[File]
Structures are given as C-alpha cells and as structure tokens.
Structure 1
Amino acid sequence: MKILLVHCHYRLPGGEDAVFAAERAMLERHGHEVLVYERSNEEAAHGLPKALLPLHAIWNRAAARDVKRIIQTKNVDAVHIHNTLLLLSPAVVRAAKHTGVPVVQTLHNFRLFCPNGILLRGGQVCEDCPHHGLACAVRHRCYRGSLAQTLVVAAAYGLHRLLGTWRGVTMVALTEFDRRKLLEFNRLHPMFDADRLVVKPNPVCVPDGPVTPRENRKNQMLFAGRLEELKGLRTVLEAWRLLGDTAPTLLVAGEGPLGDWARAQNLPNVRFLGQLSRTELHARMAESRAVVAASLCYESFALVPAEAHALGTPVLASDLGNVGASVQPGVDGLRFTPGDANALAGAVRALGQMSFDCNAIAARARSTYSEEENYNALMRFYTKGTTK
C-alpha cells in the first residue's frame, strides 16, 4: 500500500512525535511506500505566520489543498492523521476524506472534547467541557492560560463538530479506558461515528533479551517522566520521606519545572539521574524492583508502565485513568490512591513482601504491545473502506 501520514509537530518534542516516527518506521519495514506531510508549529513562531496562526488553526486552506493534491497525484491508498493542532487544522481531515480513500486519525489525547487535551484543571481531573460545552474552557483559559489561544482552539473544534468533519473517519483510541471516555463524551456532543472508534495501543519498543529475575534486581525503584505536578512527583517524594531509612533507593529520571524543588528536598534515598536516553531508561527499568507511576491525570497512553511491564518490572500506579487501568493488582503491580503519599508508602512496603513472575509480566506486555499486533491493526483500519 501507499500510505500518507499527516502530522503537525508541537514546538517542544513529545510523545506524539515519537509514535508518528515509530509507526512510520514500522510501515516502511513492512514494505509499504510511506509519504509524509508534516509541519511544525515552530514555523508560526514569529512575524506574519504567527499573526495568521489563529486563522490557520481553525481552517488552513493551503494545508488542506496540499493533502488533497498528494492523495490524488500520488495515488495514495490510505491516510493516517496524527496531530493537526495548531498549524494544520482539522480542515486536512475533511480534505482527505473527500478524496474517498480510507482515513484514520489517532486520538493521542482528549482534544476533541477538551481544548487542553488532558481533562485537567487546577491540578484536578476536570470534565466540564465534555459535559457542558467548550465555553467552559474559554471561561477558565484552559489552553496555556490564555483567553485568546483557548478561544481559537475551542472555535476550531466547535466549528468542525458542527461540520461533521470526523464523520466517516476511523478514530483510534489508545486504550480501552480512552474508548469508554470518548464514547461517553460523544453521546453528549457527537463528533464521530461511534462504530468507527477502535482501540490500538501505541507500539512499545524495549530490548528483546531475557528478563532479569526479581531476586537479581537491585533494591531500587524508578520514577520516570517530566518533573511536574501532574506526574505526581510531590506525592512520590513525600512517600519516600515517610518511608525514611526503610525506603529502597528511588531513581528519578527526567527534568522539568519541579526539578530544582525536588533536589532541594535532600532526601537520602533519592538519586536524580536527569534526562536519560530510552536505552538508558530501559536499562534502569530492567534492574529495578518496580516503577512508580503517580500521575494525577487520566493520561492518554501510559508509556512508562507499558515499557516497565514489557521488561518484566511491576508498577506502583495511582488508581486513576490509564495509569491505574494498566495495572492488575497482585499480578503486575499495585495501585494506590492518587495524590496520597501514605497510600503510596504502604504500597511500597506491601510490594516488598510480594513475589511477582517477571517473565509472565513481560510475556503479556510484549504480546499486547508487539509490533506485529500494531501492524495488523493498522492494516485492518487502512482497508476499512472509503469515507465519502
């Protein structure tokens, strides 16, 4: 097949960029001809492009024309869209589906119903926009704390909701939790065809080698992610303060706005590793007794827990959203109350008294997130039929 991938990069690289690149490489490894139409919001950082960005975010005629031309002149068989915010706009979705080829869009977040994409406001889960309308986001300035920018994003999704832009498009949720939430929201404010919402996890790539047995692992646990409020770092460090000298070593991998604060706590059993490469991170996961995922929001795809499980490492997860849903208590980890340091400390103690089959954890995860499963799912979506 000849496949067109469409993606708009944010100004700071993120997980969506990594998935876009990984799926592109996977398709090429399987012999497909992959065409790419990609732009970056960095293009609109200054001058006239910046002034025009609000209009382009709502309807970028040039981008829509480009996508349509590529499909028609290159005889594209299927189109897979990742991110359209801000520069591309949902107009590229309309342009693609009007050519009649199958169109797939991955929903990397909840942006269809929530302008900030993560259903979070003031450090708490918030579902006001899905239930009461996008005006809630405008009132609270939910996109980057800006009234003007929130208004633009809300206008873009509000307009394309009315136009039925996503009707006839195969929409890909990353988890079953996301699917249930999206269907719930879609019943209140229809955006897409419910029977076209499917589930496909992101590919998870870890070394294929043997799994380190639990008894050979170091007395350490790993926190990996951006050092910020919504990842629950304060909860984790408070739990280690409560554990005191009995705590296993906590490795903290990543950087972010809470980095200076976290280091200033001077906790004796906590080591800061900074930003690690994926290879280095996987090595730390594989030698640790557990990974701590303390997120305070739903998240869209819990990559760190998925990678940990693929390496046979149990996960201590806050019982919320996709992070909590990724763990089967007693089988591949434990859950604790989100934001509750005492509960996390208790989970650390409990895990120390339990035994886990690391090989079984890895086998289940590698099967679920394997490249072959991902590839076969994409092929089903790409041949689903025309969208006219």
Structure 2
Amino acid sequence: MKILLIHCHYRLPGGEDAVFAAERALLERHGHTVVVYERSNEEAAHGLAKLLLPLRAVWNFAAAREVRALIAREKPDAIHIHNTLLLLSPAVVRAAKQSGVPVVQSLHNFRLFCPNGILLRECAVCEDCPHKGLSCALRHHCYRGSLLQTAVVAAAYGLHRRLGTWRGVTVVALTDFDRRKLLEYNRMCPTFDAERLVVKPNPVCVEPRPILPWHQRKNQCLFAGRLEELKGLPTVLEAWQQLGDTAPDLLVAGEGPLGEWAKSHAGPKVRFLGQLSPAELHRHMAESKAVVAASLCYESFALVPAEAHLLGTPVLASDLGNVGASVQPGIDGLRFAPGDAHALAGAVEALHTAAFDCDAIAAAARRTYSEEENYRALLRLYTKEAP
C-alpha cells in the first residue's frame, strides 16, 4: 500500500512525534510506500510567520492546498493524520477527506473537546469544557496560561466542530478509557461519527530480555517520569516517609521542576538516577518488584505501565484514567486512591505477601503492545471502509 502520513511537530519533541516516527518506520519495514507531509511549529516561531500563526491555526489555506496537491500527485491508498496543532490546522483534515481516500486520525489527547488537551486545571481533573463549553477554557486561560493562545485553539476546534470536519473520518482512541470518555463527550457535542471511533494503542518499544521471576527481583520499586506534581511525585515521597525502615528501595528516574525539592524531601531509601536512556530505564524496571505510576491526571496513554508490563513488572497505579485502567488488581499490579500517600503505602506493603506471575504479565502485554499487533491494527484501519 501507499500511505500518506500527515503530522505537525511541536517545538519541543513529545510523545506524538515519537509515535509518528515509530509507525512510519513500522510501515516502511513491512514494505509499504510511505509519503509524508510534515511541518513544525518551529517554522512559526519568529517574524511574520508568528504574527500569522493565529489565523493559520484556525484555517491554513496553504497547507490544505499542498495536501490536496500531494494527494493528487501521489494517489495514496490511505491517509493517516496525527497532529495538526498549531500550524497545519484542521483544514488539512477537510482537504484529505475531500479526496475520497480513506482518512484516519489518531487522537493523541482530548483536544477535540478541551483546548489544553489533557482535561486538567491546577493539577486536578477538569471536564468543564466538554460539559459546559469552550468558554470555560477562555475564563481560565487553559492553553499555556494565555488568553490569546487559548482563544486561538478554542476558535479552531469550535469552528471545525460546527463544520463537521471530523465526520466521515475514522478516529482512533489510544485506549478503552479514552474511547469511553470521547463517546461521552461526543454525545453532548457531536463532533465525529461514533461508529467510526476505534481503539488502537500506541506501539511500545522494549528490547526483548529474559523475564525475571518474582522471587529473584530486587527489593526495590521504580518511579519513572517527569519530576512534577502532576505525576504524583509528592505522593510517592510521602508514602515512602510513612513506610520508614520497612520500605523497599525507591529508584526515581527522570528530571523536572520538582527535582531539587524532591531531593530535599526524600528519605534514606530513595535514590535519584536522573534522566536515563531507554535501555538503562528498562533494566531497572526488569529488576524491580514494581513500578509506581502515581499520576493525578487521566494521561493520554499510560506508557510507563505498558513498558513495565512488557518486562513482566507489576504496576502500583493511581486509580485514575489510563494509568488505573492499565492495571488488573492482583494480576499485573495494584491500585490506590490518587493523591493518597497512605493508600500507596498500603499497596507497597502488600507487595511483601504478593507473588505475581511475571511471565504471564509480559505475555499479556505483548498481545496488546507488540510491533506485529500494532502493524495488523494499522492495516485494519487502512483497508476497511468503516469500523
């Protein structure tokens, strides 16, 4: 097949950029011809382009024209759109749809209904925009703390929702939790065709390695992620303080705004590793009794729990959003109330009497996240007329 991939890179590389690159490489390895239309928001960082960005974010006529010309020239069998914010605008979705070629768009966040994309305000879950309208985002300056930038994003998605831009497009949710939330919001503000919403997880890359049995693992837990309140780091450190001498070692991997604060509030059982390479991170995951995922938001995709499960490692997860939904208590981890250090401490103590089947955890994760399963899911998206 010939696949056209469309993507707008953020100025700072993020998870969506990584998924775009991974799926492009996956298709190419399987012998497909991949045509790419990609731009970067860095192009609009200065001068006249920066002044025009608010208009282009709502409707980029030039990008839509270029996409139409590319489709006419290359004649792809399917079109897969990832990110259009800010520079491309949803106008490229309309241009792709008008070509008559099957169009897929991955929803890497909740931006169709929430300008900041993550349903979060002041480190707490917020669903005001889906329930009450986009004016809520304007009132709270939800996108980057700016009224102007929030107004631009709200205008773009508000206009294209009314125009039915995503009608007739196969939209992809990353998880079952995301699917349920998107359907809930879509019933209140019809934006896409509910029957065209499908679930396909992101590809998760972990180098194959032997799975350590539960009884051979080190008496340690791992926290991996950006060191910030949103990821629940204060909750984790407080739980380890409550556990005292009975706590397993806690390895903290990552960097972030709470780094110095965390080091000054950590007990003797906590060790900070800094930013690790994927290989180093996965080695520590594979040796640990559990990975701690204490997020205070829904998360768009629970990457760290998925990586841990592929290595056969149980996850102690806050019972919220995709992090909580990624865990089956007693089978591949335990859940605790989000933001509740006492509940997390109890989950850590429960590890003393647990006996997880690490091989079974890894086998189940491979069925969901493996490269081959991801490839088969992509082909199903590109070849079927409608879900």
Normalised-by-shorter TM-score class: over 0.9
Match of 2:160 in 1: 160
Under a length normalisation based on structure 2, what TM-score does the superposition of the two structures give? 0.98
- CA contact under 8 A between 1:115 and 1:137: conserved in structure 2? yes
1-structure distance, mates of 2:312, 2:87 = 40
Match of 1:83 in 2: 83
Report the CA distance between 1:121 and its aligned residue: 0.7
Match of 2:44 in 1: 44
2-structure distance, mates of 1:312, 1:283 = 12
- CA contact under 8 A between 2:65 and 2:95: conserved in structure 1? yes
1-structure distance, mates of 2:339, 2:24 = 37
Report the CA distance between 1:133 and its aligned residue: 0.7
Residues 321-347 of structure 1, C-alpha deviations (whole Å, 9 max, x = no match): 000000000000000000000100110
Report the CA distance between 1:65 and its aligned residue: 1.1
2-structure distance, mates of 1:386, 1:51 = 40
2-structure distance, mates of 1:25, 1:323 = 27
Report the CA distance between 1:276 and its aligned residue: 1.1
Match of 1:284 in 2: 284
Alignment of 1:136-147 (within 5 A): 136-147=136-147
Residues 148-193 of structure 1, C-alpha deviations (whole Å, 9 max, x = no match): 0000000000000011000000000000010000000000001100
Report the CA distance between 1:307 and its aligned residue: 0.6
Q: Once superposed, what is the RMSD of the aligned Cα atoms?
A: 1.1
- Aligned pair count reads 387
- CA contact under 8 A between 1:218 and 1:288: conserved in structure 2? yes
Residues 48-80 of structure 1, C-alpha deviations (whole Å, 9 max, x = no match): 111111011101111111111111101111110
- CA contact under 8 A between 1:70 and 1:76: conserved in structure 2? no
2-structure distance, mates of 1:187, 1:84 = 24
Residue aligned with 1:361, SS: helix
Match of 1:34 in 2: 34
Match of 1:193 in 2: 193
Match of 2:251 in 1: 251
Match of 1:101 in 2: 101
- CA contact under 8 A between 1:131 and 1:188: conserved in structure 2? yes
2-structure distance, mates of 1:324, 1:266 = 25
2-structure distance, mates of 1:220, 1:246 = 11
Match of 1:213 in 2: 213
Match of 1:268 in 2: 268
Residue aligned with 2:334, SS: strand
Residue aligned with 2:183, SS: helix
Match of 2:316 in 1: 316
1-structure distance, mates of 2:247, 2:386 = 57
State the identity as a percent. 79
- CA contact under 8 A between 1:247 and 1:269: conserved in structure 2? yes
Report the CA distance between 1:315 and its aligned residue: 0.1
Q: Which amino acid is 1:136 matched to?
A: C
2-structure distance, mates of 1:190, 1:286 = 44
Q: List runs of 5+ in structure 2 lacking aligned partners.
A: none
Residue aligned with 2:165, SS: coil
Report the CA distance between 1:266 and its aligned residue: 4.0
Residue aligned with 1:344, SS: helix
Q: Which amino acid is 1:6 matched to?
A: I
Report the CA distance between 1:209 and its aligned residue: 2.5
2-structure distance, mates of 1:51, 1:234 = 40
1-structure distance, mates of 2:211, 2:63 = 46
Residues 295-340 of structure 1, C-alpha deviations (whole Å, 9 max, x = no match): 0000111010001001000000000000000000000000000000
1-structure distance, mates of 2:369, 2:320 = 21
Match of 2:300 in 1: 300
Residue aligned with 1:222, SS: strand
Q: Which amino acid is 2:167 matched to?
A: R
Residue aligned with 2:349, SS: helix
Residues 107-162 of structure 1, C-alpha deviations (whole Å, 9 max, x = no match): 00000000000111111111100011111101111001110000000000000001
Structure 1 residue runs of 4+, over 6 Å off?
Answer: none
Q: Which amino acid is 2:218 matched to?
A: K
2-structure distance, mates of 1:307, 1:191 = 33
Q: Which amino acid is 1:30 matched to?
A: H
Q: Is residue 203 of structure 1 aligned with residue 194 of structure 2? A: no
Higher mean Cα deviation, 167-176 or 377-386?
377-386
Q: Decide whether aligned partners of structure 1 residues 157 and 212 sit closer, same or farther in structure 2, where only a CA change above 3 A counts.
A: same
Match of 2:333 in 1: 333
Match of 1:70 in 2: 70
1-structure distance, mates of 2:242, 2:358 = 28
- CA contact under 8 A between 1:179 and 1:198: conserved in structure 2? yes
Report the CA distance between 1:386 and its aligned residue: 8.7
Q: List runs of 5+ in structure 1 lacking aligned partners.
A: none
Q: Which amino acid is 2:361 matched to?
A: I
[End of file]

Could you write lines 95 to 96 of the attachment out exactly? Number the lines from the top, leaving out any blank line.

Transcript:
Q: Which amino acid is 2:361 matched to?
A: I